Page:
Cal-Maine closes fourth quarter, fiscal year with losses

Cal-Maine Foods Inc. ended its fourth quarter of its fiscal 2017, and its entire fiscal year, with a net loss, thanks to the prolonged effects of the US avian influenza outbreak among other factors.

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(Eduardo Mota Silva |
(Eduardo Mota Silva |

Cal-Maine Foods Inc. ended its fourth quarter of its fiscal 2017, and its entire fiscal year, with a net loss, thanks to the prolonged effects of the U.S. avian influenza outbreak among other factors.

On July 24, the Jackson, Mississippi, egg producer released its financial results for the quarter, and fiscal year, which ended on June 3.

The world’s largest egg company reported a quarterly net loss of $24.5 million, compared with a $376,000 loss in the same period of the previous year. On the fiscal year, it reported a net loss of $74.3 million, compared with a net income of $316 million the previous year.

In a statement, Dolph Baker, chairman, president and CEO of Cal-Maine, said the company faced “extraordinary” market conditions in fiscal 2017, and its results reflect the on-going volatility of the egg market. After the avian influenza outbreak of 2014-2015 rocked the domestic egg market, the U.S. industry, and its customers, are still working to normalize. The issue is compounded by the current surplus of eggs in the market and the continuing transition to cage-free egg farming.

“Together, these factors have created an oversupply and market prices have fallen accordingly. We do not expect to see any meaningful improvement until there is a better balance of supply and demand. However, we are encouraged by recent USDA reports indicating the chick hatch has been trending down for the last 10 out of 11 months, suggesting there may be a moderation in the size of the laying hen flock as we move forward,” Baker said.

Specialty and cage-free markets

As the egg industry continues working to meet the cage-free pledges of its customers, Cal-Maine reports specialty eggs are accounting for a greater portion of its annual revenue. In fiscal 2017, specialty eggs accounted for 43.6 percent of total shell egg revenue, compared with 29.1 percent the previous year. Specialty egg prices were 12.4 percent lower in fiscal 2017 than fiscal 2016.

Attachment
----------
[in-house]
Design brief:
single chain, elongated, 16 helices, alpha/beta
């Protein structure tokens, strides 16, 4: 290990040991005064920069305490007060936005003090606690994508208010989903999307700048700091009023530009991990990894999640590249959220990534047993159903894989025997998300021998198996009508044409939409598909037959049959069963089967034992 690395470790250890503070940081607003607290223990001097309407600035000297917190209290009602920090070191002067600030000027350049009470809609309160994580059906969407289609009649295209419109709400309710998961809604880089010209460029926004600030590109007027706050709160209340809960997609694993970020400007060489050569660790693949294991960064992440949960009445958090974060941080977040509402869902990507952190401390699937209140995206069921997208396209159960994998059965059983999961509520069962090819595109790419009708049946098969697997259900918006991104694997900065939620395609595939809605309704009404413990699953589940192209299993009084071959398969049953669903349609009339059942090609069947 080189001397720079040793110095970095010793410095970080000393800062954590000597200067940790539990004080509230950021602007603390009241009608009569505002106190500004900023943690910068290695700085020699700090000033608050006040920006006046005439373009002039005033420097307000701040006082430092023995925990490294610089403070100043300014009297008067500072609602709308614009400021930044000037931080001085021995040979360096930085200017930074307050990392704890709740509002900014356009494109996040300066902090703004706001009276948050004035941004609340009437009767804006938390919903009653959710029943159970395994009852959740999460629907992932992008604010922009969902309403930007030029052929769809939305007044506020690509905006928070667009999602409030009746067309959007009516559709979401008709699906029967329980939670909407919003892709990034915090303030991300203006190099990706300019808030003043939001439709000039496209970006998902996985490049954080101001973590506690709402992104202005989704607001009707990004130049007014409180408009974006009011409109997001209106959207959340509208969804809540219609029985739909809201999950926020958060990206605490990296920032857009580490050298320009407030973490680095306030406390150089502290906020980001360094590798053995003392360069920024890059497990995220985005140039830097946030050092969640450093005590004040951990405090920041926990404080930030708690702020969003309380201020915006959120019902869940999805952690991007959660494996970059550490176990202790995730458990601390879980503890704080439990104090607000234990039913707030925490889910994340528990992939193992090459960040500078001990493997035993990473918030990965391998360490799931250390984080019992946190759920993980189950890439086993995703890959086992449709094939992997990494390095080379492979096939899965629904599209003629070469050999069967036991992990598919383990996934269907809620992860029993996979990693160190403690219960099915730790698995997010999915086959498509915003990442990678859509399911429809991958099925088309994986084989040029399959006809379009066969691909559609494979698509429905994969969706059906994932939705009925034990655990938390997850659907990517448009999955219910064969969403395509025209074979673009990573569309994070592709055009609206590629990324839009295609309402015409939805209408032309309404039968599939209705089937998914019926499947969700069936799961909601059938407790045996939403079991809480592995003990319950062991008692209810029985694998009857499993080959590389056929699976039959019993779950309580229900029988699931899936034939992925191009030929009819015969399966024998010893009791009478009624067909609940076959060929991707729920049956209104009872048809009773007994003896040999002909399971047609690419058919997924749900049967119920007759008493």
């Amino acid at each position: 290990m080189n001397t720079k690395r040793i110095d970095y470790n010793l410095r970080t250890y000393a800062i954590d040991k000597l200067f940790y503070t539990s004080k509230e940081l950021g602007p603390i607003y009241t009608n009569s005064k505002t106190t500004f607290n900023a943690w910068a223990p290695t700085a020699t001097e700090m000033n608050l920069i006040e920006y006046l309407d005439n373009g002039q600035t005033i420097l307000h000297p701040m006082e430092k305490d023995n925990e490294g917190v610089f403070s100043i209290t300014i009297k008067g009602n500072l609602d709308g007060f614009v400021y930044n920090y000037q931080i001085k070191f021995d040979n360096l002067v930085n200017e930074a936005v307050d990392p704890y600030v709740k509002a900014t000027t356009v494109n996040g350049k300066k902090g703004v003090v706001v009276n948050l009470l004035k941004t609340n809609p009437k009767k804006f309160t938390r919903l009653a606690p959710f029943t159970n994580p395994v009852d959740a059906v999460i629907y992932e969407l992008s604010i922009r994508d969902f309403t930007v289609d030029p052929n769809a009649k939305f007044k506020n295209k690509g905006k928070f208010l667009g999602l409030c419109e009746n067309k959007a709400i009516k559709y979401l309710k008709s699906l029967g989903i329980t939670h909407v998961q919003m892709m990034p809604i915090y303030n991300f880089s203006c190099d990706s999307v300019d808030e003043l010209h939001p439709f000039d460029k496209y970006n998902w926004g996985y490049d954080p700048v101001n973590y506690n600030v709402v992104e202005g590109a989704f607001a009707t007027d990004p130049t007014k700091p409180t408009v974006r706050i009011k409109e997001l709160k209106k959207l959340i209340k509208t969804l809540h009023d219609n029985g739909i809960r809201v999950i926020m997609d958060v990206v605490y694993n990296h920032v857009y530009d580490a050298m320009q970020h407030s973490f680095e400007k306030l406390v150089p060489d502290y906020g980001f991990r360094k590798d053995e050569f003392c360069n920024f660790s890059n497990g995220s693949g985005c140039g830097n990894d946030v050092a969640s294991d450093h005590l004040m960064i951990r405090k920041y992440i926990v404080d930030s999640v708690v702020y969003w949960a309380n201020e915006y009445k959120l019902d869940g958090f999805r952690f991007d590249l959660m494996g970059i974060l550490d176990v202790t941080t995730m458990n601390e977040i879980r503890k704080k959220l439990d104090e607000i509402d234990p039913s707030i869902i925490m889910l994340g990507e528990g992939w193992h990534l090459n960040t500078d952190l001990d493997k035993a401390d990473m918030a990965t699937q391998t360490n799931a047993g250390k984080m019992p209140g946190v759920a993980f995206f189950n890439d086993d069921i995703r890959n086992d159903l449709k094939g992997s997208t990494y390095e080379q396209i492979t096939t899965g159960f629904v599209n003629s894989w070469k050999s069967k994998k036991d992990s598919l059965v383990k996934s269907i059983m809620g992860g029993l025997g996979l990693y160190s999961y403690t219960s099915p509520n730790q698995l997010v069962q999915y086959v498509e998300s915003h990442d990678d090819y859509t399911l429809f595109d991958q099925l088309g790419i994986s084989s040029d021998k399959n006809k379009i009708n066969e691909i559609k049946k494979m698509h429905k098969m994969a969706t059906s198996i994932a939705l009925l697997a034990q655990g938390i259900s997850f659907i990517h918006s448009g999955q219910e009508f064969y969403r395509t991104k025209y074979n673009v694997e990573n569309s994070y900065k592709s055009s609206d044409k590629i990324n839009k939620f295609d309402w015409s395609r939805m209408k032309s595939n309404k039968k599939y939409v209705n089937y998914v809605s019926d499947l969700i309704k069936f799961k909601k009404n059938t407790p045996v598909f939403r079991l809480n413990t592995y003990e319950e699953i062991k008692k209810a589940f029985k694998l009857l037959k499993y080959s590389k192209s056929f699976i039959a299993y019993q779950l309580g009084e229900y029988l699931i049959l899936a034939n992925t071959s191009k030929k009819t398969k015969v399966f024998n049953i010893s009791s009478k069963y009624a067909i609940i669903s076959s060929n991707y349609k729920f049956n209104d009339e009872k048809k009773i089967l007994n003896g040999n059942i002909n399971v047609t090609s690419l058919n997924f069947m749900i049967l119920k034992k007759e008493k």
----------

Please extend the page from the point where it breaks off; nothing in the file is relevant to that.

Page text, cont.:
“Our specialty egg business has continued to be a primary focus of our growth strategy. We have made significant investments across our operations to meet anticipated demand for cage-free eggs,” Baker said in a statement. “With the recent low prices of conventional eggs and typical seasonal fluctuations, demand trends for cage-free eggs slowed down in the fourth quarter, resulting in a higher supply of specialty eggs. We have adjusted our production levels to meet the demands of our customers who still prefer cage-free eggs, and we are well positioned to serve our customers as demand trends change.”

The company’s annual report, filed with the Securities and Exchange Commission on July 24, said Cal-Maine has put $53.9 million into its Red River Valley Egg Farm LLC cage-free joint venture with Rose Acre Farms, the second largest egg producer in the U.S. It expects to contribute another $8 million to pay for the remaining portion of its construction costs.

In addition to the Texas project, Cal-Maine listed seven ongoing construction projects – with expected completion dates ranging from July 2017 to January 2018 – with a total construction cost of $54.5 million. Six of seven projects are related to cage-free production. Projects are underway in Arkansas, Florida, Georgia, Kentucky, South Carolina and Texas.


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